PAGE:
Let’s talk about campus murder mysteries.

I love reading them and writing them. What is it about academia that sparks thoughts of murder? Of course there’s the old saying that “campus politics are so nasty because the stakes are so small.” But that’s more of an observation than an explanation. I have some ideas:

Clashing agendas. Professors want to enlighten the world with their teaching and their research, and deplore the duplicity of administrators.  Administrators, on the other hand, need to keep the dollars flowing in, and the legislators and trustees off their backs, and they don’t want some self-righteous faculty Speaking Truth to Power and messing everything up. Late-twentieth-century postmodernists have nothing on administrators when it comes to having a complicated relationship with Truth:

“Our position is, yes, Mister Yamada, your wonderful idea for a Golf Course Management major is going through, and before you know it, we’ll be putting out graduates who are ready and willing to work at your resort. And also, no, Senator Kamoku, of course we’re not considering offering a major in golf as a taxpayer-subsidized sop to our most powerful trustee. The very idea.”

From The Invasive Species

Same words, different meanings. Naturally, everyone on campus agrees on striving for “excellence.” It’s in the University Strategic Plan, after all. Unfortunately, not everyone has the same definition of “excellence.”

“Dr. Rodge,” as he tells his students to call him, doesn’t give midterms or final exams, assigns no homework, and gives A’s to everyone who signs up for his Human Potential class. I can’t force Rodge to “maintain academic standards worthy of our university” (Hanson’s words) or “teach a real college class and knock off that feel-good bull****” (Hanson’s contemporary, Dr. Larry Schneider). As long as Rodge shows up when he’s supposed to and stays out of trouble with the students, there’s not much else I can do. Especially not when the Student Retention Office keeps nominating him for the campus-wide teaching award every year.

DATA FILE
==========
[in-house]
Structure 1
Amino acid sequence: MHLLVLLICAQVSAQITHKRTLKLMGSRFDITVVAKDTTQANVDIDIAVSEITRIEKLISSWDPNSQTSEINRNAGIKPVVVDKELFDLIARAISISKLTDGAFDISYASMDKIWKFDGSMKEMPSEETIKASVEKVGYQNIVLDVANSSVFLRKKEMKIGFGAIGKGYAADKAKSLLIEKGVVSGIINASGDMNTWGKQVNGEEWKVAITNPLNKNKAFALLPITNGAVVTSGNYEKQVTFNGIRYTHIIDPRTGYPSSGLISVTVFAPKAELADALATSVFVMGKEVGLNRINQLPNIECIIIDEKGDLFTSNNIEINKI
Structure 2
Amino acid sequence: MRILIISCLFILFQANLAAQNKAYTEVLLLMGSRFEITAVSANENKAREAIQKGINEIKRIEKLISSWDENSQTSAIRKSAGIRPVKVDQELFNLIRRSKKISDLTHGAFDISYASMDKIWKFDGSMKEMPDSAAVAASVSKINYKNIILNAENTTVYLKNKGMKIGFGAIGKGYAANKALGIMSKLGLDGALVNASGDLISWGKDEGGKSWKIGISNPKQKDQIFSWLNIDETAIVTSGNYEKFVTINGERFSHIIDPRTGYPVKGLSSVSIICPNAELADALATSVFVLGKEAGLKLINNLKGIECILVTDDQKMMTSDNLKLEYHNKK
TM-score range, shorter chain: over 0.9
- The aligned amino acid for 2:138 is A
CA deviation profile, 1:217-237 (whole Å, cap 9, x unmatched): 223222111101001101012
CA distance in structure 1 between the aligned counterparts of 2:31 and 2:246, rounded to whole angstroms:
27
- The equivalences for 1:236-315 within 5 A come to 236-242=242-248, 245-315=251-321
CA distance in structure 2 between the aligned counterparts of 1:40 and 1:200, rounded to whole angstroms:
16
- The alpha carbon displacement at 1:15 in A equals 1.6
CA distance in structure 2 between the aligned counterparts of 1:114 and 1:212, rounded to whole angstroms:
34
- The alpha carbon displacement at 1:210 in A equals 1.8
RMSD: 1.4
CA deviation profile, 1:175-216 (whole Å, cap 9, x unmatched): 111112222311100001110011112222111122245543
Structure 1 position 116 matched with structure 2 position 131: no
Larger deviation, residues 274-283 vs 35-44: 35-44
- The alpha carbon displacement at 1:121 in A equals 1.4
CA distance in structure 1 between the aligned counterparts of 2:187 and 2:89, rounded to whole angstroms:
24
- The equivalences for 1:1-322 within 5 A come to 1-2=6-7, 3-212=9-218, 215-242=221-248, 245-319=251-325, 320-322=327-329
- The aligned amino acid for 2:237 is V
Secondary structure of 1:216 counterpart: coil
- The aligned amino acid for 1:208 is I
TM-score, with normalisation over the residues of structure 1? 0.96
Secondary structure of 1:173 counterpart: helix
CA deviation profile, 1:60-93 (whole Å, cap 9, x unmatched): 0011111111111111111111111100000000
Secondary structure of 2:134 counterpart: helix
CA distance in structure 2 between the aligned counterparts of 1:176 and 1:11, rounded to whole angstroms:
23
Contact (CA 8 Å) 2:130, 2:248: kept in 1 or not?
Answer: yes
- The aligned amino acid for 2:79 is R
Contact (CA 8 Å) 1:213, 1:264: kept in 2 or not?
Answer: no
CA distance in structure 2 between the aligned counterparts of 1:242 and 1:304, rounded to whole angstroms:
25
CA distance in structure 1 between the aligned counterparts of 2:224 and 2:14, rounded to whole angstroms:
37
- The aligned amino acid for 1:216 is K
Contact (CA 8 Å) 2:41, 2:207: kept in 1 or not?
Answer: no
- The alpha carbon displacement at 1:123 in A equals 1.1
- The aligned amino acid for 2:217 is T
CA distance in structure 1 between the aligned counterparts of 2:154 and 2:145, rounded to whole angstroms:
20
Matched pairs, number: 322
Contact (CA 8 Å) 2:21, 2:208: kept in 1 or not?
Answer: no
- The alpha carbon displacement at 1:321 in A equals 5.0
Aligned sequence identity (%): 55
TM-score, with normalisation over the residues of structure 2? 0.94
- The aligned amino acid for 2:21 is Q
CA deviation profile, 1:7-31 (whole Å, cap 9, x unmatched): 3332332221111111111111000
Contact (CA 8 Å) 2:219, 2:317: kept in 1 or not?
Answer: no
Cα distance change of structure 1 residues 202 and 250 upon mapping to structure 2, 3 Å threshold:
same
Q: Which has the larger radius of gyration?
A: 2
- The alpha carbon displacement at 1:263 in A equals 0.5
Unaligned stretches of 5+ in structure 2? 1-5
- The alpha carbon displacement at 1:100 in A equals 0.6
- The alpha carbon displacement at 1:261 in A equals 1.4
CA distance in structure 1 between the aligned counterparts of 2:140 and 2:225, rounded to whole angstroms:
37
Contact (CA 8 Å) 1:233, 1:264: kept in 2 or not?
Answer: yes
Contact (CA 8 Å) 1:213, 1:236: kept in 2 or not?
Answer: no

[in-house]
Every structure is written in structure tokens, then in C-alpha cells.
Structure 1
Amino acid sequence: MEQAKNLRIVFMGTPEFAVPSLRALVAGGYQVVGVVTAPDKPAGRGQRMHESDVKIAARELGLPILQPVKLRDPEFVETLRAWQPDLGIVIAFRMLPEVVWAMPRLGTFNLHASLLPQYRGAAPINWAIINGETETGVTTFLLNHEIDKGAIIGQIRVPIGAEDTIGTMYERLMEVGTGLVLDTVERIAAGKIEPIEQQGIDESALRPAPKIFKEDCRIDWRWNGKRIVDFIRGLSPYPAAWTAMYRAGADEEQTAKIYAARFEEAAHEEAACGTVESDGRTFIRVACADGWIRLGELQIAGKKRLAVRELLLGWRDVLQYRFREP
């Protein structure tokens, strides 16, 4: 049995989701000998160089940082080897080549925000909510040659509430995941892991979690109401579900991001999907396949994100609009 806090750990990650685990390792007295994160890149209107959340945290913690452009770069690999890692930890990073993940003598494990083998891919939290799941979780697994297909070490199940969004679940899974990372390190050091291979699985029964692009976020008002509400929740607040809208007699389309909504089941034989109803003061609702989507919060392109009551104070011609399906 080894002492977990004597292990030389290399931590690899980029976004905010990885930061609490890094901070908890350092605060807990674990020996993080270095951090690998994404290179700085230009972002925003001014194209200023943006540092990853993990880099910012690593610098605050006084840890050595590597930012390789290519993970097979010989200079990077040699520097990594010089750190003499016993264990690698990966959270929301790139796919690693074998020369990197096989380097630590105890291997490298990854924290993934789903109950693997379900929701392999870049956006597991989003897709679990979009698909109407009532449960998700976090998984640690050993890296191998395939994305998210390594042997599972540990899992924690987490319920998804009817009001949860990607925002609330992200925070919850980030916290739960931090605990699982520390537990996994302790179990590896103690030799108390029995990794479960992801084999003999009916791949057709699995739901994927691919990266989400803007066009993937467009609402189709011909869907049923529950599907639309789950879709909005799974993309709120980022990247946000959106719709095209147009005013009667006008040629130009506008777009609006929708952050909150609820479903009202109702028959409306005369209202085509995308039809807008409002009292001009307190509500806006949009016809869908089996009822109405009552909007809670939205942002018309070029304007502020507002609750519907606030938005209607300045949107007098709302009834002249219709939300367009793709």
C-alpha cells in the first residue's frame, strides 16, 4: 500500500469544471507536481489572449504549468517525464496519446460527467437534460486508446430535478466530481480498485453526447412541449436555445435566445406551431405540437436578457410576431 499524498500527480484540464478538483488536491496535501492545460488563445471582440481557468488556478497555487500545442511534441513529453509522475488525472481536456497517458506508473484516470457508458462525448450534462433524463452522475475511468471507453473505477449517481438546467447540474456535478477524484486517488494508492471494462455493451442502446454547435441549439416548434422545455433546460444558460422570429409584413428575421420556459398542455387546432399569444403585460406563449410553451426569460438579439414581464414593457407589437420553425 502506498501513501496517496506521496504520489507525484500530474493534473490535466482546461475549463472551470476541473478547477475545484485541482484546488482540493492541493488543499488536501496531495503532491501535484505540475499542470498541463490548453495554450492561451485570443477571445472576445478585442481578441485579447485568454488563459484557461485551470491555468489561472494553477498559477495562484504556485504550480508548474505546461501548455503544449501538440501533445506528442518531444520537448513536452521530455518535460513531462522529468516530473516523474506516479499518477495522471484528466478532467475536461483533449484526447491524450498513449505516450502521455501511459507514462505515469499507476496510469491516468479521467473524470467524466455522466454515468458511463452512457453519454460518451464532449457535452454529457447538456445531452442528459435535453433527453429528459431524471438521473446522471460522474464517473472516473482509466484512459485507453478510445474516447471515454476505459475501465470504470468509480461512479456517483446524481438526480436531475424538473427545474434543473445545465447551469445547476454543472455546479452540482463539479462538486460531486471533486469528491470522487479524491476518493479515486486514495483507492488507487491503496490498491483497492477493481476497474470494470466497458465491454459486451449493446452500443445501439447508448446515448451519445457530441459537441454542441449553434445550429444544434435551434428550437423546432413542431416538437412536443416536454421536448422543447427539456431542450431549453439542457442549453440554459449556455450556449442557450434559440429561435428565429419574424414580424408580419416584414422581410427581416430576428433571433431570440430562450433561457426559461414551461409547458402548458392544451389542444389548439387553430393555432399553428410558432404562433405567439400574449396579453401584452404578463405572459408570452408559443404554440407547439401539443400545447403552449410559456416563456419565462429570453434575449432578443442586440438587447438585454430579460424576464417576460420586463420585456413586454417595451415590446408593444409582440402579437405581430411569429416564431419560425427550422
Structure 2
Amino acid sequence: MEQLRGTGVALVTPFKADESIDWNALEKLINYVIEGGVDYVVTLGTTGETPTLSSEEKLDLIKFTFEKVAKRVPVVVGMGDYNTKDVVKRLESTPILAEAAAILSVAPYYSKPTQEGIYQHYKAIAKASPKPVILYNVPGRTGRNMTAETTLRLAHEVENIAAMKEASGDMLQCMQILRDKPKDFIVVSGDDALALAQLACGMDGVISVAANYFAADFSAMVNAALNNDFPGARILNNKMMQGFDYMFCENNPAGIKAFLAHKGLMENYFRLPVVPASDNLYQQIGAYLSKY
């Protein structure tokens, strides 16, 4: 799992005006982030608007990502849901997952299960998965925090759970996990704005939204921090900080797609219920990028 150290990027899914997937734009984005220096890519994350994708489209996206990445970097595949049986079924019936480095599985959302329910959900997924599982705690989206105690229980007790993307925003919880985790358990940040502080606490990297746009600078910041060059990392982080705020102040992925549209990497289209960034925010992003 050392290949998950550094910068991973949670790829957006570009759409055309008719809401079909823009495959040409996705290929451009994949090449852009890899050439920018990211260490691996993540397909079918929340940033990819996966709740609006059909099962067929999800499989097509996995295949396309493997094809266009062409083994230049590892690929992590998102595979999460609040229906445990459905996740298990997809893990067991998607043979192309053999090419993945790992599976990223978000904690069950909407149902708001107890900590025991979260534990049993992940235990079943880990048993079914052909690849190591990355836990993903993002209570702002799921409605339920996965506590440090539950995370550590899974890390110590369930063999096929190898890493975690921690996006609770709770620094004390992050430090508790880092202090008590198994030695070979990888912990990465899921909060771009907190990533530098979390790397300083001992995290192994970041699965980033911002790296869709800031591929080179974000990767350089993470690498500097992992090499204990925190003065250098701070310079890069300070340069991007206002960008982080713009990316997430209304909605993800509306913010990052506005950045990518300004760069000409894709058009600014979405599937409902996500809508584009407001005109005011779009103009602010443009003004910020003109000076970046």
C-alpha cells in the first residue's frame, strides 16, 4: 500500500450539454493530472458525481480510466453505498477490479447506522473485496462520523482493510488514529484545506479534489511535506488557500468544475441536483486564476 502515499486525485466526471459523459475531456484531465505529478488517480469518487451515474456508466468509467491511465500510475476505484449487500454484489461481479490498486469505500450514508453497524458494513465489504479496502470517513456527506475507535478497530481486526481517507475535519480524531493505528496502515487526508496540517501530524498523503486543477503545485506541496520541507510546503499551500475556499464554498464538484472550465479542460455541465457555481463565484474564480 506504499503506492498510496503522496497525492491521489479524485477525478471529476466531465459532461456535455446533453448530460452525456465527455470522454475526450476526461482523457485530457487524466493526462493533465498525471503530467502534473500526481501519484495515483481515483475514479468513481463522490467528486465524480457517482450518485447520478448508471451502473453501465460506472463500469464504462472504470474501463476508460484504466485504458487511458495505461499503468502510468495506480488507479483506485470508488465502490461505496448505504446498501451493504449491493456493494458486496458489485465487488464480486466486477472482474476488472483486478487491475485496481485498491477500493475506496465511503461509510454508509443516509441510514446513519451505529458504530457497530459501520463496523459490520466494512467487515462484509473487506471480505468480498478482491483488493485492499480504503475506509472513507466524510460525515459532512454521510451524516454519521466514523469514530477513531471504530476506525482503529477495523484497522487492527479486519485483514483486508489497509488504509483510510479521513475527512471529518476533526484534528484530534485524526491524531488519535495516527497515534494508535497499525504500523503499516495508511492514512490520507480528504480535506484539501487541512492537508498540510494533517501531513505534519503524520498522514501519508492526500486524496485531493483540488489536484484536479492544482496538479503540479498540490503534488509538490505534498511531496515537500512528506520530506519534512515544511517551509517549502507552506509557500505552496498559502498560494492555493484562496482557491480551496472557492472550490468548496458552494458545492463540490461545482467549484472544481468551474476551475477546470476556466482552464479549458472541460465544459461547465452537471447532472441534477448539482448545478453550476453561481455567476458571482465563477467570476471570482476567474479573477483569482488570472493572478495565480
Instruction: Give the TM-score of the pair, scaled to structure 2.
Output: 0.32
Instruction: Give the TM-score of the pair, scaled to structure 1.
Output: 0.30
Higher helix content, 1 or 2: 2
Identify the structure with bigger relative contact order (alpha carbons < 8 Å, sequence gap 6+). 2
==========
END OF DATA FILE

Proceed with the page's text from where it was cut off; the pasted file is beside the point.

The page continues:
From The Cursed Canoe

The student as customer. But not the kind of customer you actually listen to.  To cater to students (and their tuition dollars), administrators are forever coming up with new programs and bringing the latest edu-fads to campus.

The student is the customer, and you know what they say about the customer.
The student is the customer, and you know what they say about the customer.

Oddly enough, when students ask for more course sections, lower tuition, affordable childcare, and job placement, what administrators hear is “Can you impose some punishing new regime on the faculty that will make their lives harder without actually improving my education? Also hire more administrators pls.”

A few weeks after the Student Retention Office remodel was finished, the Associate Vice Chancellor for Student Engagement attended an ed-tech conference. Upon his return, we were directed to record our class sessions and post them online, so that students could watch them at their leisure. The problem was that we were “guides on the side” now, and the Associate Vice Chancellor for Student Engagement didn’t want to post hour-long videos of students sitting in circles talking. So we all had to go back to being “sages on the stage,” lecturing to the video camera, but this time we were cautioned to act as “facilitators of experience” rather than “providers of knowledge.” We’re still stuck with the immovable round tables.

From The Musubi Murder

And not only does academia provide plentiful motives for murder; it’s populated by nosy obsessives with library access who will drop everything to chase the faintest of clues. (This is also known as “research.”) So we have Christa Nardi’s Sheridan Hendley,  Sarah Caudwell’s Hilary Tamar, Amanda Cross’s Kate Fansler, Joanne Dobson’s Karen Pelletier, R.T. Campbell’s John Stubbs,  Edmund Crispin’s Gervase Fen, and of course Mahina State University’s Molly Barda.

In my view, the only mystery is why there aren’t even more academic detectives.

An earlier version was published on Christa Reads and Writes